Add WordPress API endpoints and access your site's data in JSON, XML, RSS/ATOM, YAML or HTML.
|Author:||Anton Andriievskyi (profile at wordpress.org)|
|WordPress version required:||3.6.1|
|WordPress version tested:||4.2.4|
|Added to WordPress repository:||07-08-2015|
Warning! This plugin has not been updated in over 2 years. It may no longer be maintained or supported and may have compatibility issues when used with more recent versions of WordPress.
|Total downloads:||2 735|
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Choose which of your site's data to make available via WordPress API and in which format.
- Customize API URLs:
http://mywordpress.com/my-api/name1- change my-api and name1 in the plugin settings
- Set minimal capability permission individually for every API endpoint
- Customize HTTP headers
- Use any data from your sites's MySQL database: posts/pages, custom posts, comments, settings, users, site options, post metadata, users, drafts, activity and much more
- Turn any local file into an API (CSV, JSON, XML, you name it)
- Fetch any data from 3rd party APIs and turn into your own API
- Boost API speed with the caching system out of the box
- Output API in any format, including, but not limited to, JSON, XML, RSS/ATOM, YAML and HTML.
- Get full control over the API output by using a simple template language.
- Two dedicated templates: 1) for successful API calls and 2) for API failures (e.g. authentication error)
- Intelligent template editor with code highlighting and full screen mode
This is a free add-on to the Twig Anything WordPress plugin.
The slick API Endpoints configuration panel with settings for error/success templates, URL names, capability roles set individually per API endpoint, and templates to use for each API.
HTTP headers configuration: by default, anti-cache headers are set, but you can add any headers depending on what format you want your API to output. It hints you about headers to use for most popular formats: JSON, XML, RSS and YAML.
An API endpoint in JSON format that gets information from a local CSV file and converts it into API.
Insufficient permissions when calling a protected API with a wrong username/password
What formats can my API Endpoints output in?
JSON, XML, CSV (comma separated values), YAML and pretty much anything with just a bit of config. You have full control of what is output and which format.
How many API Endpoints can I create?
Create as many endpoints as you need. There are no limits!
Can I control access to my API Endpoints?
Yes, you can configure a minimum user role required for each endpoint separately. You will then pass
password variables in your call to the API, which will be used to authenticate with your existing WordPress users.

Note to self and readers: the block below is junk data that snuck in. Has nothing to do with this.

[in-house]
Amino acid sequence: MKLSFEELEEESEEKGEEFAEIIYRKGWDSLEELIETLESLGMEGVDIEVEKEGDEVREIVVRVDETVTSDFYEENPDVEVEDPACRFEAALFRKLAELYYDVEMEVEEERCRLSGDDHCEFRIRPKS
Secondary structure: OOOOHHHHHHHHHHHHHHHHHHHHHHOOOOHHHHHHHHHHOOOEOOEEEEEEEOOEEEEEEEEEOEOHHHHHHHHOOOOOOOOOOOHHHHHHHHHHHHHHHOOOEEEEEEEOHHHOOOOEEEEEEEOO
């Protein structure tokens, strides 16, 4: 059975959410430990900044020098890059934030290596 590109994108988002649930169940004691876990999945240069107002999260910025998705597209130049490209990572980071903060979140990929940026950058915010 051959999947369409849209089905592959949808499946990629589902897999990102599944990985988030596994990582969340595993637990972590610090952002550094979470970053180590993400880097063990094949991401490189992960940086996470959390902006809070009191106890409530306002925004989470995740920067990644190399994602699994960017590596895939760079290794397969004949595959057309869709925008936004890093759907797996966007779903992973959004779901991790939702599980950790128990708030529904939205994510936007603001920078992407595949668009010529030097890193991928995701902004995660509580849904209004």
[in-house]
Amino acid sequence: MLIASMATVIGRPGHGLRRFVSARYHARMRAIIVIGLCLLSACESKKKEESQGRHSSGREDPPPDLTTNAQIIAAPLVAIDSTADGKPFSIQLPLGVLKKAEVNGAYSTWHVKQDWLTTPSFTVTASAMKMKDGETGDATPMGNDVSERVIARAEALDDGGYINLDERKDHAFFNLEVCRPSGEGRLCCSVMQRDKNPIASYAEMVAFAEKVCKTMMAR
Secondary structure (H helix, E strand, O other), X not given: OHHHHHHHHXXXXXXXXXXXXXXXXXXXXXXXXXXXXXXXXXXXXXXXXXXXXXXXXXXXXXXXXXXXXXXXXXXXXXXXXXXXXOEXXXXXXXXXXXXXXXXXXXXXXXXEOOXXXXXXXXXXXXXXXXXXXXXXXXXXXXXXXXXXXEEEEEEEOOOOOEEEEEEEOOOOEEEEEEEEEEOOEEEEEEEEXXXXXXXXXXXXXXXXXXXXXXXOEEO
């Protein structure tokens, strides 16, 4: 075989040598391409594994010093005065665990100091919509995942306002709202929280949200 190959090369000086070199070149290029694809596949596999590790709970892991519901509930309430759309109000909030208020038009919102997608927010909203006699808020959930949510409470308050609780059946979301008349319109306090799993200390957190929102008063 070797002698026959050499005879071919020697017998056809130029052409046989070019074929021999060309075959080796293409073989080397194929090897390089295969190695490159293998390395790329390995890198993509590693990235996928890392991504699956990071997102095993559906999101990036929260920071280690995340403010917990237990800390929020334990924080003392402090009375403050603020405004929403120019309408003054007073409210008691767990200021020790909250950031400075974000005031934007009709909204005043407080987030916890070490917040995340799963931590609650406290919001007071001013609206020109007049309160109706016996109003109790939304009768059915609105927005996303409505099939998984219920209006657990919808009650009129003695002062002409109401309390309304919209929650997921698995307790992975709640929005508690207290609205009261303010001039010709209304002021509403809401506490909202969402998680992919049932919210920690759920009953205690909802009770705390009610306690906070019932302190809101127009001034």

Can I configure access to each API Endpoint separately?
Yes, every single API Endpoint has its own optional minimal role required to access the API.
Should I create a separate WordPress user to access API Endpoints?
If your API is public and meant to be accessed by anyone, then no.
However, if you API needs authentication, then I recommend creating a separate WordPress user and using its username/password to access the API. A separate WP account for consuming your API would make it easier to switch it ON/OFF or change its permission level accordingly when required.
Can I configure the URL to my API?
By default, you would access your API endpoint by a URL like this:
api-endpoint is the common root URL, and
endpoint-name is unique for every endpoint. Both of these pieces are configurable in the settings screen.
Can I control HTTP headers output by an API endpoint?
Yes, you can configure HTTP headers in the settings screen. To access it, click on the “Settings” menu and then on the “API Endpoints” sub-menu.
What if API returns an error?
As any API, yours can return an error. For example, if someone tries to access a protected API endpoint without appropriate authentication. If this is the case, the Error Template from the settings screen will be used.
There is a default error template in JSON format in place, but you can easily tune it to your own needs.
How can I preview the API output?
In the Settings screen, in front of every api endpoint there is an “Open” button. Clicking on it opens a new tab in your browser linking to the URL the API.
You can also use special tools to test you API, for example Postman.
Why does it require Twig Anything plugin?
Twig Anything is a super-powerful plugin that allows to fetch any data from anywhere and display it in your WordPress site. It is universal and extensible, and already has a lot of things like intelligent error handling and local cache. It also understands Twig syntax, which allows for endless applications and various scenarios. “API Endpoints” greatly benefits from all of this!
Last but not least, the developer behind both plugins is the same 🙂
Can I turn a CSV file into an API?
Yes! You will need CSV Format add-on to read let it data from a CSV file.
Can I turn someone else’s API into my own API?
Yes, just configure your Twig Template to fetch data from a URL and then output it either entirely or partially in your template.
- Add new default HTTP header “Access-Control-Allow-Origin: *”
- Add links to the Plugins screen for navigation convenience: “Settings” and “Support and community”
- Check if Twig Anything plugin is installed and active and show a warning if it is not
- The first release